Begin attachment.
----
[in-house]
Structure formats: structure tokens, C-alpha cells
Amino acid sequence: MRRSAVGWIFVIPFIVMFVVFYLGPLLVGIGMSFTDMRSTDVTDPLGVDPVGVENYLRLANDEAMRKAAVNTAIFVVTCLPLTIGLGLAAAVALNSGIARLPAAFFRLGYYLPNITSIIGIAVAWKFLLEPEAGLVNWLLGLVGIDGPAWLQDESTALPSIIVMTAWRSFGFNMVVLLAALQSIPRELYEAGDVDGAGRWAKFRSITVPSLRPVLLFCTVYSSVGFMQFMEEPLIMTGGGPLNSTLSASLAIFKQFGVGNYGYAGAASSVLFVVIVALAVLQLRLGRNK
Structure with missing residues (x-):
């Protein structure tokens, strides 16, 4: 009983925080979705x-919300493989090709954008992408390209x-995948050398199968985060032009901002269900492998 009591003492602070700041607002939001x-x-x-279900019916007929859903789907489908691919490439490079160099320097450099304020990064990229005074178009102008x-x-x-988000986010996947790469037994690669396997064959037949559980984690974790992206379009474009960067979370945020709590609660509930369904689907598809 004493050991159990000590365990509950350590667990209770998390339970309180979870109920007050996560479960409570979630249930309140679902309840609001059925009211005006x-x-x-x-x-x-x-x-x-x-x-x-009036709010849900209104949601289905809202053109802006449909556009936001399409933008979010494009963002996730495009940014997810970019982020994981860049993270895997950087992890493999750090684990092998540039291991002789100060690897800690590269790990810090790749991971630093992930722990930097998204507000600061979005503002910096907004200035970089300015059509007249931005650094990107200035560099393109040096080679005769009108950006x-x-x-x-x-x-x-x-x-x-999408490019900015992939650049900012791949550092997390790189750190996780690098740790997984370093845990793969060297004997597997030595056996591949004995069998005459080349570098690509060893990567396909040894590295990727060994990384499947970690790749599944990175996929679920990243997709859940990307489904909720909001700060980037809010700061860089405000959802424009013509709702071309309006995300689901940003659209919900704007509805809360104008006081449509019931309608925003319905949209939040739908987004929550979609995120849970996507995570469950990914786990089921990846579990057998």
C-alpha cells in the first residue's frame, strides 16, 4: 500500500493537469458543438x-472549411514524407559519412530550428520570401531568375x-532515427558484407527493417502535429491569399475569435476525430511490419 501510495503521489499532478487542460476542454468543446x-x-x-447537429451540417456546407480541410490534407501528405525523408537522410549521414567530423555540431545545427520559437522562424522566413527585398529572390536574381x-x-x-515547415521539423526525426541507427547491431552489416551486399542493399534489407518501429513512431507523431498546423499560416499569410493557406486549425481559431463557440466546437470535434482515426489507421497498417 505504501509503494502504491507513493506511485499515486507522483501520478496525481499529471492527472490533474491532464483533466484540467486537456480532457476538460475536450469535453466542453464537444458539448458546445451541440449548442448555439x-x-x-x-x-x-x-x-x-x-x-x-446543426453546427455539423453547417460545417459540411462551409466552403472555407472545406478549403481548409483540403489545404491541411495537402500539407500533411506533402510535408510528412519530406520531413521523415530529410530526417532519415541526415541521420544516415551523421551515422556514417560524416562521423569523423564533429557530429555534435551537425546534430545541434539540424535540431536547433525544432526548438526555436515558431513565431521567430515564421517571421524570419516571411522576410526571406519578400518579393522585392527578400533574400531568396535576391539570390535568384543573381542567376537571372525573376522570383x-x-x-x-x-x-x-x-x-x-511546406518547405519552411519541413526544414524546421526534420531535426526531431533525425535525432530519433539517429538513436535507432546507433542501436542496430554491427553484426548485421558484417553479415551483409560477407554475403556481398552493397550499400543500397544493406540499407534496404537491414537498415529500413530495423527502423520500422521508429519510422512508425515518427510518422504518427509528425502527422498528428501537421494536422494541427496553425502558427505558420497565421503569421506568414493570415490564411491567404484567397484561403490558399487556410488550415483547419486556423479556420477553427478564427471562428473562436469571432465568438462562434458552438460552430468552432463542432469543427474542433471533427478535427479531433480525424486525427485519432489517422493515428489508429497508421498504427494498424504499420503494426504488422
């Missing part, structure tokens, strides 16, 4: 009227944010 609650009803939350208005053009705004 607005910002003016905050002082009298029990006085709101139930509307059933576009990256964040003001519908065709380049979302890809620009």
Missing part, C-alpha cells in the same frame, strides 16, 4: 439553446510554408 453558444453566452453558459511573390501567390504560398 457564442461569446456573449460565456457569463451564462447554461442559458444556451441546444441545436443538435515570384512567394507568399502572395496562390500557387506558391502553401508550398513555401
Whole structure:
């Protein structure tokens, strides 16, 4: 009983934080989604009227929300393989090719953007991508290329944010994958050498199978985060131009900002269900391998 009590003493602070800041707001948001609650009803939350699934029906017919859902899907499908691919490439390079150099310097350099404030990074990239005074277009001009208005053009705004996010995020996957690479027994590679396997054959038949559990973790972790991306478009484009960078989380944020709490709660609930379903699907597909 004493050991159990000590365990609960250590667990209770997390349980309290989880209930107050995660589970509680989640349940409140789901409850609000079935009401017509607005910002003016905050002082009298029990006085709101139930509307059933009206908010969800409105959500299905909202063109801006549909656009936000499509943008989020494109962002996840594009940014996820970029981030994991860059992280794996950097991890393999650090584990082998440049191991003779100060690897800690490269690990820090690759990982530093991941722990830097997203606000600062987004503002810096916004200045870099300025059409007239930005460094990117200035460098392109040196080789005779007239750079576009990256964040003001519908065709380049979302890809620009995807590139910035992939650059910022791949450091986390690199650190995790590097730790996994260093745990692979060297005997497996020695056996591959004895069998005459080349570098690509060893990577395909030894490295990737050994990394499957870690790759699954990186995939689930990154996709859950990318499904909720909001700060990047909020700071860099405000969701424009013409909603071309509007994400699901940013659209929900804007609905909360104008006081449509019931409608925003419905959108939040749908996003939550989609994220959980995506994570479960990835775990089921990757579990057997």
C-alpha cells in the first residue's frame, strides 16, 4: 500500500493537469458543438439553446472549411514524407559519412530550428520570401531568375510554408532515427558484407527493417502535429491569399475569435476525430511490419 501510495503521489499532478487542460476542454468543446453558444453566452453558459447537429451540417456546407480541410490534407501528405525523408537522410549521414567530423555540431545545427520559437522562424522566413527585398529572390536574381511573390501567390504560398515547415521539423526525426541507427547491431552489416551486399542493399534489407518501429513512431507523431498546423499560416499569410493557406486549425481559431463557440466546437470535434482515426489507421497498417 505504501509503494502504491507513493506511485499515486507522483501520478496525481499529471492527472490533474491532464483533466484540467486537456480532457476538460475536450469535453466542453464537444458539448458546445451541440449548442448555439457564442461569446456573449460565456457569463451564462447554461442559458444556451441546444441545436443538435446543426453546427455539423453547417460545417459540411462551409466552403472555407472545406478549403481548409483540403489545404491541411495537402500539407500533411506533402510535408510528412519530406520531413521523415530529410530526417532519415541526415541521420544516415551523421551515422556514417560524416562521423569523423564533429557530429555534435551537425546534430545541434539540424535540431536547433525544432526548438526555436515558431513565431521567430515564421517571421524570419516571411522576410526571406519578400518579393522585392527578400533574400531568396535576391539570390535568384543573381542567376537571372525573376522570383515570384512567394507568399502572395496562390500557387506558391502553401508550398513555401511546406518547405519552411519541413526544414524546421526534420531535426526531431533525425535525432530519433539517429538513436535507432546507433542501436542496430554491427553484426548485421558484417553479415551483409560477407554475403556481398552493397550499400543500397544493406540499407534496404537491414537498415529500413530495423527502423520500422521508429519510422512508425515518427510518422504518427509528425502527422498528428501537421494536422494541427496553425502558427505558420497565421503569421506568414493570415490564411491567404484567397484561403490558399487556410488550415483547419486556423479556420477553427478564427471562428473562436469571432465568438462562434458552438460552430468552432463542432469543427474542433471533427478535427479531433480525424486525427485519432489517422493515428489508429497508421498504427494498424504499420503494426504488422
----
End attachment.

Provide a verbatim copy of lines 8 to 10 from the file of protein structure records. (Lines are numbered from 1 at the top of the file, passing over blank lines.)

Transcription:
Missing part, C-alpha cells in the same frame, strides 16, 4: 439553446510554408 453558444453566452453558459511573390501567390504560398 457564442461569446456573449460565456457569463451564462447554461442559458444556451441546444441545436443538435515570384512567394507568399502572395496562390500557387506558391502553401508550398513555401
Whole structure:
């Protein structure tokens, strides 16, 4: 009983934080989604009227929300393989090719953007991508290329944010994958050498199978985060131009900002269900391998 009590003493602070800041707001948001609650009803939350699934029906017919859902899907499908691919490439390079150099310097350099404030990074990239005074277009001009208005053009705004996010995020996957690479027994590679396997054959038949559990973790972790991306478009484009960078989380944020709490709660609930379903699907597909 004493050991159990000590365990609960250590667990209770997390349980309290989880209930107050995660589970509680989640349940409140789901409850609000079935009401017509607005910002003016905050002082009298029990006085709101139930509307059933009206908010969800409105959500299905909202063109801006549909656009936000499509943008989020494109962002996840594009940014996820970029981030994991860059992280794996950097991890393999650090584990082998440049191991003779100060690897800690490269690990820090690759990982530093991941722990830097997203606000600062987004503002810096916004200045870099300025059409007239930005460094990117200035460098392109040196080789005779007239750079576009990256964040003001519908065709380049979302890809620009995807590139910035992939650059910022791949450091986390690199650190995790590097730790996994260093745990692979060297005997497996020695056996591959004895069998005459080349570098690509060893990577395909030894490295990737050994990394499957870690790759699954990186995939689930990154996709859950990318499904909720909001700060990047909020700071860099405000969701424009013409909603071309509007994400699901940013659209929900804007609905909360104008006081449509019931409608925003419905959108939040749908996003939550989609994220959980995506994570479960990835775990089921990757579990057997």